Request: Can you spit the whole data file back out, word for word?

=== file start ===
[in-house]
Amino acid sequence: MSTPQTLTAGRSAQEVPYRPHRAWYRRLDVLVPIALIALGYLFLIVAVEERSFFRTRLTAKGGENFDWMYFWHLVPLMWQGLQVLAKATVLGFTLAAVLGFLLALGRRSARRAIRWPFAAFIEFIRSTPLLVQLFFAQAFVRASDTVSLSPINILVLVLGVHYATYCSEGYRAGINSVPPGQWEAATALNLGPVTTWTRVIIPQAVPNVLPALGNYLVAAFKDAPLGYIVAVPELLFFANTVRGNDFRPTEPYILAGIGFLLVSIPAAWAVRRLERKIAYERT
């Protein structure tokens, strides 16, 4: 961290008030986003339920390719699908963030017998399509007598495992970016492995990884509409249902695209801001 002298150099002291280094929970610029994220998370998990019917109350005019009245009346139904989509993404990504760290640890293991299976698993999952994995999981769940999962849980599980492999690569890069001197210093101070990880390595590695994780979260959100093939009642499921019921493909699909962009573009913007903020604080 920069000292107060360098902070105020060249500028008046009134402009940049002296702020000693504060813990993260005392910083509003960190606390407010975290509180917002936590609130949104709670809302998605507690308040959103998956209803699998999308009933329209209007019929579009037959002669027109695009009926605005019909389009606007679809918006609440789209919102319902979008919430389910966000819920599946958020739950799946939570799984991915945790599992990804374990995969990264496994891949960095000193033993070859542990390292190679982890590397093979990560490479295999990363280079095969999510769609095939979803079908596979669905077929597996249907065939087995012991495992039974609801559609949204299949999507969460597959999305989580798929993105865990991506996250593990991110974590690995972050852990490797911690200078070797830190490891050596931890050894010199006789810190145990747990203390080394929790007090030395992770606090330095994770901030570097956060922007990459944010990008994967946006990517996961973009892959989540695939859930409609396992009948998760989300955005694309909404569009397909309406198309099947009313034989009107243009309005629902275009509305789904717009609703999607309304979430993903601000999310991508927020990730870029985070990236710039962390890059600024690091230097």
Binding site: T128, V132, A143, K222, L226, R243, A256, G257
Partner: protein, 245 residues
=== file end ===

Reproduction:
[in-house]
Amino acid sequence: MSTPQTLTAGRSAQEVPYRPHRAWYRRLDVLVPIALIALGYLFLIVAVEERSFFRTRLTAKGGENFDWMYFWHLVPLMWQGLQVLAKATVLGFTLAAVLGFLLALGRRSARRAIRWPFAAFIEFIRSTPLLVQLFFAQAFVRASDTVSLSPINILVLVLGVHYATYCSEGYRAGINSVPPGQWEAATALNLGPVTTWTRVIIPQAVPNVLPALGNYLVAAFKDAPLGYIVAVPELLFFANTVRGNDFRPTEPYILAGIGFLLVSIPAAWAVRRLERKIAYERT
């Protein structure tokens, strides 16, 4: 961290008030986003339920390719699908963030017998399509007598495992970016492995990884509409249902695209801001 002298150099002291280094929970610029994220998370998990019917109350005019009245009346139904989509993404990504760290640890293991299976698993999952994995999981769940999962849980599980492999690569890069001197210093101070990880390595590695994780979260959100093939009642499921019921493909699909962009573009913007903020604080 920069000292107060360098902070105020060249500028008046009134402009940049002296702020000693504060813990993260005392910083509003960190606390407010975290509180917002936590609130949104709670809302998605507690308040959103998956209803699998999308009933329209209007019929579009037959002669027109695009009926605005019909389009606007679809918006609440789209919102319902979008919430389910966000819920599946958020739950799946939570799984991915945790599992990804374990995969990264496994891949960095000193033993070859542990390292190679982890590397093979990560490479295999990363280079095969999510769609095939979803079908596979669905077929597996249907065939087995012991495992039974609801559609949204299949999507969460597959999305989580798929993105865990991506996250593990991110974590690995972050852990490797911690200078070797830190490891050596931890050894010199006789810190145990747990203390080394929790007090030395992770606090330095994770901030570097956060922007990459944010990008994967946006990517996961973009892959989540695939859930409609396992009948998760989300955005694309909404569009397909309406198309099947009313034989009107243009309005629902275009509305789904717009609703999607309304979430993903601000999310991508927020990730870029985070990236710039962390890059600024690091230097």
Binding site: T128, V132, A143, K222, L226, R243, A256, G257
Partner: protein, 245 residues